Tuesday 21 May 2019

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Cork Independent


One step closer

Wednesday, 13th March, 2019 5:01pm

There was another hugely significant Brexit vote in the House of Commons again this week.

Tuesday’s vote saw Theresa May’s Brexit deal be sunk in the water.

She lost the vote by 149 votes - another hugely embarrassing defeat.

A no deal Brexit is now closer than ever. However, essentially everything is the same as ever.

It’s still the UK’s problem, it’s still up to them to find a resolution, but we will all suffer because of it. It did feel like nothing has really changed this week to those of us who are not immediately and intimately involved in the process.

But things have changed - we have moved closer to the trap door.

“This is the moment and this is the time – time for us to come together, back this motion and get the deal done. Because only then can we can get on with what we need to do, what we were sent here to do,” Mrs May said before the vote on Tuesday.

The EU’s chief Brexit negotiator said that the EU would not be doing more to help the UK avoid a no deal withdrawal. Michel Barnier added that that 'no-deal' Brexit preparations are “now more important than ever before”.

He tweeted: “The EU has done everything it can to help get the withdrawal agreement over the line. The impasse can only be solved in the UK. Our 'no-deal' preparations are now more important than ever before.”

The Tánaiste said that he is deeply disappointed with the result of the vote and echoed some of Mr Barnier’s comments. Simon Coveney said it was up to the British government and the British parliament to come up with solutions.

The Tánaiste added that the focus has to be on London because that is where the “crisis is and that is where the solutions need to come from”. A no-deal Brexit scenario is a lose, lose, lose for everybody, he warned.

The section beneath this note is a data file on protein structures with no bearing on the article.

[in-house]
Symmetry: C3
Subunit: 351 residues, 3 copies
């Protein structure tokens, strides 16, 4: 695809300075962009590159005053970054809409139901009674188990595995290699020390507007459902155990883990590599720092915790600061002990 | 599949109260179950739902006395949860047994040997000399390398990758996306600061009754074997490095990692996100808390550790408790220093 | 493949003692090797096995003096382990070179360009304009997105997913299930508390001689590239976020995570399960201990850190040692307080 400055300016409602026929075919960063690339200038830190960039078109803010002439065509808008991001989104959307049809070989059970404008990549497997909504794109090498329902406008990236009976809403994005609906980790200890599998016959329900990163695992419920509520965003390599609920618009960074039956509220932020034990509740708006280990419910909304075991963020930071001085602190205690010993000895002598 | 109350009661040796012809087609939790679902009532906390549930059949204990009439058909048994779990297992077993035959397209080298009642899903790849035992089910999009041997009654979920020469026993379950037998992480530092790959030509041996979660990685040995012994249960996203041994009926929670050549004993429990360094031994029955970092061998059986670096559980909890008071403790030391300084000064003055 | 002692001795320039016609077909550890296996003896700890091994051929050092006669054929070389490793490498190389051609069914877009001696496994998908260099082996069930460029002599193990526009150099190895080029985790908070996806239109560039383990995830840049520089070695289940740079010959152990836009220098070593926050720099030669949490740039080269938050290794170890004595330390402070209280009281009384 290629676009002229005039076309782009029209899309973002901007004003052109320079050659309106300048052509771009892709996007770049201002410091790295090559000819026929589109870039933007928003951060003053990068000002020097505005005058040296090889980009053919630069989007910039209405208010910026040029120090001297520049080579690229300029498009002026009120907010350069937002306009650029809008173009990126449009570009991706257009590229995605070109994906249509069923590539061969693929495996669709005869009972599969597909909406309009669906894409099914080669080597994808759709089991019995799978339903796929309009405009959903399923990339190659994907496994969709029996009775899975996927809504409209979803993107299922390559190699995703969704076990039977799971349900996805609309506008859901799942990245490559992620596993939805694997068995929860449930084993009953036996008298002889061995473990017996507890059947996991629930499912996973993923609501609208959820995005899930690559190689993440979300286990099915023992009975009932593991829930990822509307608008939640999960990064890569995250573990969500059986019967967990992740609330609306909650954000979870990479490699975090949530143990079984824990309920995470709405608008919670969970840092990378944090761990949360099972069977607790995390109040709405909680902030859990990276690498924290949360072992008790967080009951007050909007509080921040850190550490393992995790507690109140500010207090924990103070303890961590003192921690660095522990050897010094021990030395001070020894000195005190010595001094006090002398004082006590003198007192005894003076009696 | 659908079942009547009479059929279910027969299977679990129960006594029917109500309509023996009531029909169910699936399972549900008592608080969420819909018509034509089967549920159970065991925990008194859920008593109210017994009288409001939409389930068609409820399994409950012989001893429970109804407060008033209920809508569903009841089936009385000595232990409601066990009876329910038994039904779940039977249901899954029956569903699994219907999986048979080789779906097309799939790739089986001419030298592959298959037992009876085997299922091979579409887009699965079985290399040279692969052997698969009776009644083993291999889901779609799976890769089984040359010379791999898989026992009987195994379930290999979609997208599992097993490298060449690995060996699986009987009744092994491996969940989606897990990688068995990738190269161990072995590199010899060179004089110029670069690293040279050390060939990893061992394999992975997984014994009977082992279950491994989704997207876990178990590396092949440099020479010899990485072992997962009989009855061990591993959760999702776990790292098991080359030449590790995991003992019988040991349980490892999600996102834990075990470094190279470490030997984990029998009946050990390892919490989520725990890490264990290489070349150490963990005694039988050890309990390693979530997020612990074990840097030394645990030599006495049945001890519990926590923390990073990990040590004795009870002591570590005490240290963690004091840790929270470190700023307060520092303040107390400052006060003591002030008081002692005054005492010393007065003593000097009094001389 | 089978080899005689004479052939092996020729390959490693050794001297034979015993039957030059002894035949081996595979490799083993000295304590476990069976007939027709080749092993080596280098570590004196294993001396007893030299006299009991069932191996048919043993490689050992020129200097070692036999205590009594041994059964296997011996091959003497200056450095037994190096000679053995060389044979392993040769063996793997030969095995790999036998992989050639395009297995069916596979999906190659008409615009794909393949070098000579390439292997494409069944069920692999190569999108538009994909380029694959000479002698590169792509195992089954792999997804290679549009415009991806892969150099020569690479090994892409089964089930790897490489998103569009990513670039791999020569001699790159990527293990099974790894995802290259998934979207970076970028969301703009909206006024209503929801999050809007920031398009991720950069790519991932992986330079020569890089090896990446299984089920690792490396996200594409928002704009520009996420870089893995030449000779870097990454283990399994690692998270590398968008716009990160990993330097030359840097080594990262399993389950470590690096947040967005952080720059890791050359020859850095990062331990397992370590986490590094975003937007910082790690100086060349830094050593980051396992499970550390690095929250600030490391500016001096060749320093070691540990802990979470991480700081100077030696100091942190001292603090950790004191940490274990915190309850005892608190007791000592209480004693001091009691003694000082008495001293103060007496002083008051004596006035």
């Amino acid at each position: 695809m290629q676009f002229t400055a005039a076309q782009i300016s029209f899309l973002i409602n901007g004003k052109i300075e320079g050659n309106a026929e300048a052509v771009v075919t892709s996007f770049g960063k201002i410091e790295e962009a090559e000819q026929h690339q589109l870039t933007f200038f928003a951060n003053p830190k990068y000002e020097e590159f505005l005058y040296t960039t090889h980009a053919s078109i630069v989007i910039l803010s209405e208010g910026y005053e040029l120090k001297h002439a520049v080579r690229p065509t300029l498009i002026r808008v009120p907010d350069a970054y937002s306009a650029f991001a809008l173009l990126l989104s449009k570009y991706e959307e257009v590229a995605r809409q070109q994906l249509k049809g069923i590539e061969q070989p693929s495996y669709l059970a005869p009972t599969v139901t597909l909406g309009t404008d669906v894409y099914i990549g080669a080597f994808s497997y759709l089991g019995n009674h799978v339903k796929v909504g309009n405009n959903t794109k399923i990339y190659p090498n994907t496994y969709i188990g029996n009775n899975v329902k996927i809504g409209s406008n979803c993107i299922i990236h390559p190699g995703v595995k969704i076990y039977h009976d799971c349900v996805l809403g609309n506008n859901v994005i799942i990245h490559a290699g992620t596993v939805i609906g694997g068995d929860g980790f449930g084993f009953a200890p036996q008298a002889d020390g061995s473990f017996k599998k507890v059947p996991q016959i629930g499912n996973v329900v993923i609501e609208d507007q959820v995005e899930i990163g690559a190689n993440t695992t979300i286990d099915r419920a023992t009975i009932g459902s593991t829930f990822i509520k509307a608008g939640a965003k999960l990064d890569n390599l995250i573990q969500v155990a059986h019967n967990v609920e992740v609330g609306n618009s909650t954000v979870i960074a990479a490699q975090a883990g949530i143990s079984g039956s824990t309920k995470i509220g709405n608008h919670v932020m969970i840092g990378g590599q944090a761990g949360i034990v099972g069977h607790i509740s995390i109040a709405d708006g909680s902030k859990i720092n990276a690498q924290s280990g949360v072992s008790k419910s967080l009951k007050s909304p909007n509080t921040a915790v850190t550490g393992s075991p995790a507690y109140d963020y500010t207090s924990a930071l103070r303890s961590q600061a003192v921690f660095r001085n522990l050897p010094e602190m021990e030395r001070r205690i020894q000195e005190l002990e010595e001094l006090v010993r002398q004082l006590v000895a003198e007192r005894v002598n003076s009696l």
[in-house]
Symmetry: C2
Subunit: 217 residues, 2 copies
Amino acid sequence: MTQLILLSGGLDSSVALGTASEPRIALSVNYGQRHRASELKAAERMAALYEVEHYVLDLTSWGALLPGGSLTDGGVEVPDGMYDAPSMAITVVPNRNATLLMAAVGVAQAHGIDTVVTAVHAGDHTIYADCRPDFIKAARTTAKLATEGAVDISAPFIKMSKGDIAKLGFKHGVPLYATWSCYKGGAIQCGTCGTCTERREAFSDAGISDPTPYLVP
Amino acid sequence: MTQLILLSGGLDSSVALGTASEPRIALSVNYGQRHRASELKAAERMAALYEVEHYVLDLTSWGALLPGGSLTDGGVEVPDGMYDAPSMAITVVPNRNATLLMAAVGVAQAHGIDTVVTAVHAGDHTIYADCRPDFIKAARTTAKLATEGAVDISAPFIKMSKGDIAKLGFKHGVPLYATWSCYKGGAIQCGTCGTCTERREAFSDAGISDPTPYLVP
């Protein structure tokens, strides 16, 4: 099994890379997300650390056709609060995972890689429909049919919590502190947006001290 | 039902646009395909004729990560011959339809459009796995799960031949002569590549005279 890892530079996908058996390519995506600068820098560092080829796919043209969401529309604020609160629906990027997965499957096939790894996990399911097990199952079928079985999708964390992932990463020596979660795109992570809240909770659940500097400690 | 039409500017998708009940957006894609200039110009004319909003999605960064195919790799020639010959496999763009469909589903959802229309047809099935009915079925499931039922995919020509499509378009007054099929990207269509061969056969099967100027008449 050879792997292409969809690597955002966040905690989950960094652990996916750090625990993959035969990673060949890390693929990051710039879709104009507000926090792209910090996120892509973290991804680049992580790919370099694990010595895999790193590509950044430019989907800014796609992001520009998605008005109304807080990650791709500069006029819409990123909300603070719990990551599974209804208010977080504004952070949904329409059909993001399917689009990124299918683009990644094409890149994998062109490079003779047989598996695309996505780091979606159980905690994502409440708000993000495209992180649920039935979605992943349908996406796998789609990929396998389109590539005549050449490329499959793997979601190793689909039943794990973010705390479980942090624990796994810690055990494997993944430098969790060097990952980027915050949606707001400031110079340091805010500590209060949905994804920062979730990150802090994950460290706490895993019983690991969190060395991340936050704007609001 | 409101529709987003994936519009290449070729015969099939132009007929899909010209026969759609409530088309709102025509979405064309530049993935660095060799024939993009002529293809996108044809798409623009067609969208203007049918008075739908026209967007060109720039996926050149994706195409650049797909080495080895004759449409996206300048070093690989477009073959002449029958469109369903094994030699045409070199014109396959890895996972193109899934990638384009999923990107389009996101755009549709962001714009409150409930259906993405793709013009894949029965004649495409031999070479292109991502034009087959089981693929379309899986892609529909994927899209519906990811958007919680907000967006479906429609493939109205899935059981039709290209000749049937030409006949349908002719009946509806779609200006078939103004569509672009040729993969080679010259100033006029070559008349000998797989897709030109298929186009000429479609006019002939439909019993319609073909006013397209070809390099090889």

Those words were proven very true on Wednesday morning when the UK announced that it will not introduce any new checks or controls on goods moving across the land border into Northern Ireland if the UK leaves without a deal.

Under a temporary regime, EU goods arriving from the Republic and remaining in Northern Ireland will not be subject to tariffs.

There is a major stinger though. Tariffs will be payable on goods moving from the EU into the rest of the UK through Northern Ireland under a series of rates.

In special arrangements for Northern Ireland, the UK's temporary import tariffs will not apply to EU goods crossing the border from the Republic.

Speaking in the Dáil yesterday, Fianna Fáil leader Micheál Martin said the announcement by the British government of a tariff regime “has very devastating implications for Irish farming, particularly in the beef, dairy poultry and pork sector. It would devastate the rural Irish economy, and up to €800m would be the cost to agriculture alone”.

Yesterday the Tánaiste told the Dáil that the imposition of any tariffs on agricultural products between the UK and Ireland would be very damaging. He said the Government will look for a further relaxation of state aid rules and EU supports for business and agri-business if there is a no-deal Brexit.

Truly the game is afoot now and we will all be losers.

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